Triton Db2 Geek

Confessions of a DB2 geek

IBM Gold Consultant Program and IBM Premier business Partner

Finding the access path for Columnar queries #2

Published November 8th, 2017 - by

Usage Lists In my last blog ( http://db2geek.triton.co.uk/finding-access-path-columnar-queries ) I was reiterating the case for columnar data storage but bemoaning the lack of any means to see in the access path how the data is being retrieved. It merely shows as a table scan (TBSCAN) and you need to trust that what is going on Continue Reading

Finding the access path for Columnar queries

Published October 18th, 2017 - by

Columnar Data : how it works We’re probably all fairly familiar now with BLU acceleration and the advantages of storing analytical data in a columnar format. If not, and by way of a recap; what we can now do is return much smaller results sets to our analytical queries, in a highly-compressed format, thereby reducing Continue Reading

DB2 Geek’s Geocaching Clues

Published October 2nd, 2017 - by

Here are the DB2 Geek Geocaching competition clues! Good luck and see you all soon.  Clue #1: Count the number of flagpoles outside the Epic Sana hotel and multiply this by the maximum number of bytes in a DB2 schema Use the 4-digit number in the following map reference and go to this location: 38.723472,-9.nnnn Continue Reading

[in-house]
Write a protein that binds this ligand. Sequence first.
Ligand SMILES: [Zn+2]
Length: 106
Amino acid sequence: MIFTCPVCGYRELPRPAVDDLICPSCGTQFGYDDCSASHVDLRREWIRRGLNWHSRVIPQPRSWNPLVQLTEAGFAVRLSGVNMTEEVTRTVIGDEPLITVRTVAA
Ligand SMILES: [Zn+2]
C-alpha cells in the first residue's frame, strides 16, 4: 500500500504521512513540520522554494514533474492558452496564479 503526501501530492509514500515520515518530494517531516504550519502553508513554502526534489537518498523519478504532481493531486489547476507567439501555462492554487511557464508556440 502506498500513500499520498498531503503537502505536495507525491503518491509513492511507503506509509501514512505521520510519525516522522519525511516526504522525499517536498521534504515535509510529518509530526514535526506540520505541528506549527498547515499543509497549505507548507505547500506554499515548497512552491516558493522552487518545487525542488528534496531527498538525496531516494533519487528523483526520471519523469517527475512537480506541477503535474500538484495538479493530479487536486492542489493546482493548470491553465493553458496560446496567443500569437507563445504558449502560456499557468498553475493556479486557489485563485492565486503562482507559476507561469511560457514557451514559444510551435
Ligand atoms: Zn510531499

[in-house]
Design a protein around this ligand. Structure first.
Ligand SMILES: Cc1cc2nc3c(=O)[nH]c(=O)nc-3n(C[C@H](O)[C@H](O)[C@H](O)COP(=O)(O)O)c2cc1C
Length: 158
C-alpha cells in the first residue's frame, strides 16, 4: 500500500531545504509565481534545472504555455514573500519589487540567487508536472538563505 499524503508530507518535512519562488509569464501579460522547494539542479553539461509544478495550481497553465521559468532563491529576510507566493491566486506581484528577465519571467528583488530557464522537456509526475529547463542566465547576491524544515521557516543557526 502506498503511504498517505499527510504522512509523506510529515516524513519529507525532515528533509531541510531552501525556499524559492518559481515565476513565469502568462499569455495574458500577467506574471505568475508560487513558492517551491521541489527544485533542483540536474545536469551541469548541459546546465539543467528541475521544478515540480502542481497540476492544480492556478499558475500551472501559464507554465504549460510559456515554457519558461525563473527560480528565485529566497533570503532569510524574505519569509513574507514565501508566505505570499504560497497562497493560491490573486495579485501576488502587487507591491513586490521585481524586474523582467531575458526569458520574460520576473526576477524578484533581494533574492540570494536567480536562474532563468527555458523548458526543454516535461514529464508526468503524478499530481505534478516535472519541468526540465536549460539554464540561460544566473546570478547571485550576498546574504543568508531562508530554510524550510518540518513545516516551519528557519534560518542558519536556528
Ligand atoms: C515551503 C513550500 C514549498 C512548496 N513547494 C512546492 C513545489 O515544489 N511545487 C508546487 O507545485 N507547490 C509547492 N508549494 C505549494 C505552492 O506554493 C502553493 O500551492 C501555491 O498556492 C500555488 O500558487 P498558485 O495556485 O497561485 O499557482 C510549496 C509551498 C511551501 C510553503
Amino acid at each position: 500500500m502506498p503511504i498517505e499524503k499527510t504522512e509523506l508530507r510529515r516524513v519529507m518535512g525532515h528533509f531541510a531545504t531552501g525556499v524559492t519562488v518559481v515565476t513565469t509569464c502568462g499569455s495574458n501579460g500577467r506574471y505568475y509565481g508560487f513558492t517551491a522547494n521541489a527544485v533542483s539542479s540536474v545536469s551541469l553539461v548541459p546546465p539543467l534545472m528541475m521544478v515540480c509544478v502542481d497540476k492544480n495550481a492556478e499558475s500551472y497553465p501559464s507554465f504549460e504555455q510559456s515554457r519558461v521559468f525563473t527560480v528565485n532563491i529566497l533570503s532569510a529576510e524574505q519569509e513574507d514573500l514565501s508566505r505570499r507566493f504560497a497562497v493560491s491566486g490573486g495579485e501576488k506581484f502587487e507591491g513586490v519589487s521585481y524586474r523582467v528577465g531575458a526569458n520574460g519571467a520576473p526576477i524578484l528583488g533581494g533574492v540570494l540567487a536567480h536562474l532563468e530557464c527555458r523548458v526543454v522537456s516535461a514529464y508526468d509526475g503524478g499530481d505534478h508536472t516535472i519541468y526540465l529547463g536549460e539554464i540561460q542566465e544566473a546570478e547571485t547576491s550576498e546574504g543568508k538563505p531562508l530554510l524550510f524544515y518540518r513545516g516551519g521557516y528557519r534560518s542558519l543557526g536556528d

Do the Needful

Published July 19th, 2017 - by

So the last few blogs have been a bit negative and have been built around common expressions and assumptions that make my hackles rise (If it ain’t broke, don’t fix it, We’re Risk Averse and Best Practice). Now this is the blog with the positive spin, so it might seem strange that I’m hanging it Continue Reading

Client Connections in a TSA/HADR cluster- Part 4

Published June 6th, 2017 - by

In Part 1 I showed how to setup a simple TSA/HADR cluster consisting of two servers, and what happens to an active client connection in case of a failover. In Part 2 and Part 3 we saw how ACR and VIP independently affect a client’s connection in case of a failover in the cluster. In Continue Reading

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